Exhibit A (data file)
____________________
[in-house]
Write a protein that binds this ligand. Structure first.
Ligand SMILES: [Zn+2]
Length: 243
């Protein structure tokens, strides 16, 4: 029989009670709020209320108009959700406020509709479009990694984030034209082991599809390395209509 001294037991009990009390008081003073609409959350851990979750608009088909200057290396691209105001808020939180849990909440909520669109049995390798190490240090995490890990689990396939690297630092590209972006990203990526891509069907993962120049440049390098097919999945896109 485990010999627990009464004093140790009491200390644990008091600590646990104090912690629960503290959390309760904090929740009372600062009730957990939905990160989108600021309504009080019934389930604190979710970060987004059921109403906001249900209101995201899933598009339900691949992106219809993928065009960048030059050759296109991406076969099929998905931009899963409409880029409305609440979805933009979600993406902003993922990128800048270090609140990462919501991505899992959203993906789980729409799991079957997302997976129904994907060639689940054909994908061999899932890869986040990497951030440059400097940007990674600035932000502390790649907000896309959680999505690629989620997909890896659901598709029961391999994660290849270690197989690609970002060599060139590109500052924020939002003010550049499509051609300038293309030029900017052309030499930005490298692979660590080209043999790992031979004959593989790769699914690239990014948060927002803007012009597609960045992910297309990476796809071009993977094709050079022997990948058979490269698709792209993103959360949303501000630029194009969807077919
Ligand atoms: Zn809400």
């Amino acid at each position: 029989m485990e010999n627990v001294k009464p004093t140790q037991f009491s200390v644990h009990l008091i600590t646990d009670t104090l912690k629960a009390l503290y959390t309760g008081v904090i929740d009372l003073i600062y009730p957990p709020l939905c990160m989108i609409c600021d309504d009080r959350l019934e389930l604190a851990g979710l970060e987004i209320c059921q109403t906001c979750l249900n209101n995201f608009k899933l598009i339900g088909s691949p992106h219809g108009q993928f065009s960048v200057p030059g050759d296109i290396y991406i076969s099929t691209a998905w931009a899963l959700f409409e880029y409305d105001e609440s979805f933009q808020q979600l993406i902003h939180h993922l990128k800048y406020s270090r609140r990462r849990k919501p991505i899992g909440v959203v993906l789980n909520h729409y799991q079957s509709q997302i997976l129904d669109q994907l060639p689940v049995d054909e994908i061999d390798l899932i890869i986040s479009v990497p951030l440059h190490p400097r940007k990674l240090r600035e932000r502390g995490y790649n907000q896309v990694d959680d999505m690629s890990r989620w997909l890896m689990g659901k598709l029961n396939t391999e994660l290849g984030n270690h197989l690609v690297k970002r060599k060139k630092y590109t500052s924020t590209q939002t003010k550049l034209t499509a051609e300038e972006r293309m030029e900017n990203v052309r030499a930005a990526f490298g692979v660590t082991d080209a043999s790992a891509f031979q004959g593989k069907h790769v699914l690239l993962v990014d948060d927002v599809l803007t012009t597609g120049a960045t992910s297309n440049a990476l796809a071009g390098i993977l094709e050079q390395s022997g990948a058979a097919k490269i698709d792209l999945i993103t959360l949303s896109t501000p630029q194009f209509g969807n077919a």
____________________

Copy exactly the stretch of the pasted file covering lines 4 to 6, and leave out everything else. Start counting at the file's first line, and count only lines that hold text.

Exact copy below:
Length: 243
């Protein structure tokens, strides 16, 4: 029989009670709020209320108009959700406020509709479009990694984030034209082991599809390395209509 001294037991009990009390008081003073609409959350851990979750608009088909200057290396691209105001808020939180849990909440909520669109049995390798190490240090995490890990689990396939690297630092590209972006990203990526891509069907993962120049440049390098097919999945896109 485990010999627990009464004093140790009491200390644990008091600590646990104090912690629960503290959390309760904090929740009372600062009730957990939905990160989108600021309504009080019934389930604190979710970060987004059921109403906001249900209101995201899933598009339900691949992106219809993928065009960048030059050759296109991406076969099929998905931009899963409409880029409305609440979805933009979600993406902003993922990128800048270090609140990462919501991505899992959203993906789980729409799991079957997302997976129904994907060639689940054909994908061999899932890869986040990497951030440059400097940007990674600035932000502390790649907000896309959680999505690629989620997909890896659901598709029961391999994660290849270690197989690609970002060599060139590109500052924020939002003010550049499509051609300038293309030029900017052309030499930005490298692979660590080209043999790992031979004959593989790769699914690239990014948060927002803007012009597609960045992910297309990476796809071009993977094709050079022997990948058979490269698709792209993103959360949303501000630029194009969807077919
Ligand atoms: Zn809400």